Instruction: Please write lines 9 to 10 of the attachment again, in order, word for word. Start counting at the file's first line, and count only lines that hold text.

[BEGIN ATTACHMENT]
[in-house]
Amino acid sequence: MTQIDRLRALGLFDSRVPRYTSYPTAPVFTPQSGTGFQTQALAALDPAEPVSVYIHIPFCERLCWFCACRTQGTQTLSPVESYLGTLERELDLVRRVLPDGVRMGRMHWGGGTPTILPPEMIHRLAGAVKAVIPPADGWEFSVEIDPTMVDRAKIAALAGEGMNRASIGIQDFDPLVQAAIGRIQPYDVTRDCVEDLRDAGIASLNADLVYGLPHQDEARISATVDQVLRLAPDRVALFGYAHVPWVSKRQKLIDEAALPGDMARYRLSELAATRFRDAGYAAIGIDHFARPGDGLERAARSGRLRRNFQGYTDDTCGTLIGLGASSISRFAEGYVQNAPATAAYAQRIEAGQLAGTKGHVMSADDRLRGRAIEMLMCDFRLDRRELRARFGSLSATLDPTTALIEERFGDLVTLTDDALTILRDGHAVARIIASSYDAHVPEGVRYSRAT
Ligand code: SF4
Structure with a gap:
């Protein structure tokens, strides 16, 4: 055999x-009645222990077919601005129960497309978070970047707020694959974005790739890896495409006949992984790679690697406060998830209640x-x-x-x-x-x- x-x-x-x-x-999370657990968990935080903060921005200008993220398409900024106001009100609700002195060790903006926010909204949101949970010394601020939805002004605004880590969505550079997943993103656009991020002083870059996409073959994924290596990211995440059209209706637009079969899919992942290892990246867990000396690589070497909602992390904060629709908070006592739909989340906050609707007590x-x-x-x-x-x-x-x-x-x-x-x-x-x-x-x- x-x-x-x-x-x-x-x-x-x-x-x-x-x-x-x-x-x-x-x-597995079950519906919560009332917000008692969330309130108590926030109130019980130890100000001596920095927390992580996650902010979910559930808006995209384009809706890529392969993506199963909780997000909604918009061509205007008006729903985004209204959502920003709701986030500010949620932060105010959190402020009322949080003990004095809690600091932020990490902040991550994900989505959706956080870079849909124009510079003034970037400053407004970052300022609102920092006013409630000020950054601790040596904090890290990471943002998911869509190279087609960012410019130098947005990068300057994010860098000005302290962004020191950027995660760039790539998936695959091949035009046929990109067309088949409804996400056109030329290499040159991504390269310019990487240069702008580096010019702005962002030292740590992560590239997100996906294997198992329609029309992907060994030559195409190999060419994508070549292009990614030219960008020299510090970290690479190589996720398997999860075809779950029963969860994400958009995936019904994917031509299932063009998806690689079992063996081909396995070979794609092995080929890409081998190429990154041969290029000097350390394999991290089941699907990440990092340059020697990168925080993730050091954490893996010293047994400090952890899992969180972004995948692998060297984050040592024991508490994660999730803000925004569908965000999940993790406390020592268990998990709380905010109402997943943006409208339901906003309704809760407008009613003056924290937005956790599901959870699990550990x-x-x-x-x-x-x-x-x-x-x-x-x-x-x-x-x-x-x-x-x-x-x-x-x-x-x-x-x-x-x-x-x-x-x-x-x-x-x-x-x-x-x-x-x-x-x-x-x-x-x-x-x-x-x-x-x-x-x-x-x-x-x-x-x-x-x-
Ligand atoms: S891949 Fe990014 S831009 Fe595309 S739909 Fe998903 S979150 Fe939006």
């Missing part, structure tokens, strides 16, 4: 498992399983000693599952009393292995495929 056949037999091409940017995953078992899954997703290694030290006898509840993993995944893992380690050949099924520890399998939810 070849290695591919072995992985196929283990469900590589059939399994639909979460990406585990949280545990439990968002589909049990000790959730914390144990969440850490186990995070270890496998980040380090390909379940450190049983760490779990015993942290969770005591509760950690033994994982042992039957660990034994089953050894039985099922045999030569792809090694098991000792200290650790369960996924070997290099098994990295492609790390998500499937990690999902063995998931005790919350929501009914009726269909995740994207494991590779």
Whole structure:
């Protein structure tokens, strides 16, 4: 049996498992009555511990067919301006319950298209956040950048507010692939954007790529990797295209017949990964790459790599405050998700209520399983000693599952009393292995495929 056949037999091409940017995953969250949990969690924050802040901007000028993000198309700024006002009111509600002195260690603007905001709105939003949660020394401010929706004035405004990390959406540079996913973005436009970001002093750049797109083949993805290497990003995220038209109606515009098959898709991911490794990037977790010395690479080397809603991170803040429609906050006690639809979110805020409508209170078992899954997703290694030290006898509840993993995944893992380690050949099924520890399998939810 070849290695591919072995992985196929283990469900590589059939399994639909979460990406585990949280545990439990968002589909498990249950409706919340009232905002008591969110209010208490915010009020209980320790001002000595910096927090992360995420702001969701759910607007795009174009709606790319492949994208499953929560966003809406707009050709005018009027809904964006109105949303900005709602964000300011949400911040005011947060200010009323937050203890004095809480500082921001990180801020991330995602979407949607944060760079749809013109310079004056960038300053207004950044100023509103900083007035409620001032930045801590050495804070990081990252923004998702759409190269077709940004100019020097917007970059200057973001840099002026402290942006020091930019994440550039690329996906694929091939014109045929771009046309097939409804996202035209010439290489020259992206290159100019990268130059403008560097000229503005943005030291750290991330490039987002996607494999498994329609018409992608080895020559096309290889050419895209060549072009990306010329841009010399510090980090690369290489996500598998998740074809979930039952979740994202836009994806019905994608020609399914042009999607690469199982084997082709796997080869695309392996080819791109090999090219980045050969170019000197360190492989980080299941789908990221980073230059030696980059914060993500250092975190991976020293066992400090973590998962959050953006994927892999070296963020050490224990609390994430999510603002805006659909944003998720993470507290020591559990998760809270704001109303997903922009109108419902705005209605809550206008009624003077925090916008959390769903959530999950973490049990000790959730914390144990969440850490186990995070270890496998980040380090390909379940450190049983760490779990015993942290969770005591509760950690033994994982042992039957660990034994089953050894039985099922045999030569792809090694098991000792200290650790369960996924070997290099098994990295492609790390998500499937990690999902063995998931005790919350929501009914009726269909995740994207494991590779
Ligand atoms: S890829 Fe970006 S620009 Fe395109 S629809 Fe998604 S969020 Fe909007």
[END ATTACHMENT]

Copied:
């Protein structure tokens, strides 16, 4: 049996498992009555511990067919301006319950298209956040950048507010692939954007790529990797295209017949990964790459790599405050998700209520399983000693599952009393292995495929 056949037999091409940017995953969250949990969690924050802040901007000028993000198309700024006002009111509600002195260690603007905001709105939003949660020394401010929706004035405004990390959406540079996913973005436009970001002093750049797109083949993805290497990003995220038209109606515009098959898709991911490794990037977790010395690479080397809603991170803040429609906050006690639809979110805020409508209170078992899954997703290694030290006898509840993993995944893992380690050949099924520890399998939810 070849290695591919072995992985196929283990469900590589059939399994639909979460990406585990949280545990439990968002589909498990249950409706919340009232905002008591969110209010208490915010009020209980320790001002000595910096927090992360995420702001969701759910607007795009174009709606790319492949994208499953929560966003809406707009050709005018009027809904964006109105949303900005709602964000300011949400911040005011947060200010009323937050203890004095809480500082921001990180801020991330995602979407949607944060760079749809013109310079004056960038300053207004950044100023509103900083007035409620001032930045801590050495804070990081990252923004998702759409190269077709940004100019020097917007970059200057973001840099002026402290942006020091930019994440550039690329996906694929091939014109045929771009046309097939409804996202035209010439290489020259992206290159100019990268130059403008560097000229503005943005030291750290991330490039987002996607494999498994329609018409992608080895020559096309290889050419895209060549072009990306010329841009010399510090980090690369290489996500598998998740074809979930039952979740994202836009994806019905994608020609399914042009999607690469199982084997082709796997080869695309392996080819791109090999090219980045050969170019000197360190492989980080299941789908990221980073230059030696980059914060993500250092975190991976020293066992400090973590998962959050953006994927892999070296963020050490224990609390994430999510603002805006659909944003998720993470507290020591559990998760809270704001109303997903922009109108419902705005209605809550206008009624003077925090916008959390769903959530999950973490049990000790959730914390144990969440850490186990995070270890496998980040380090390909379940450190049983760490779990015993942290969770005591509760950690033994994982042992039957660990034994089953050894039985099922045999030569792809090694098991000792200290650790369960996924070997290099098994990295492609790390998500499937990690999902063995998931005790919350929501009914009726269909995740994207494991590779
Ligand atoms: S890829 Fe970006 S620009 Fe395109 S629809 Fe998604 S969020 Fe909007």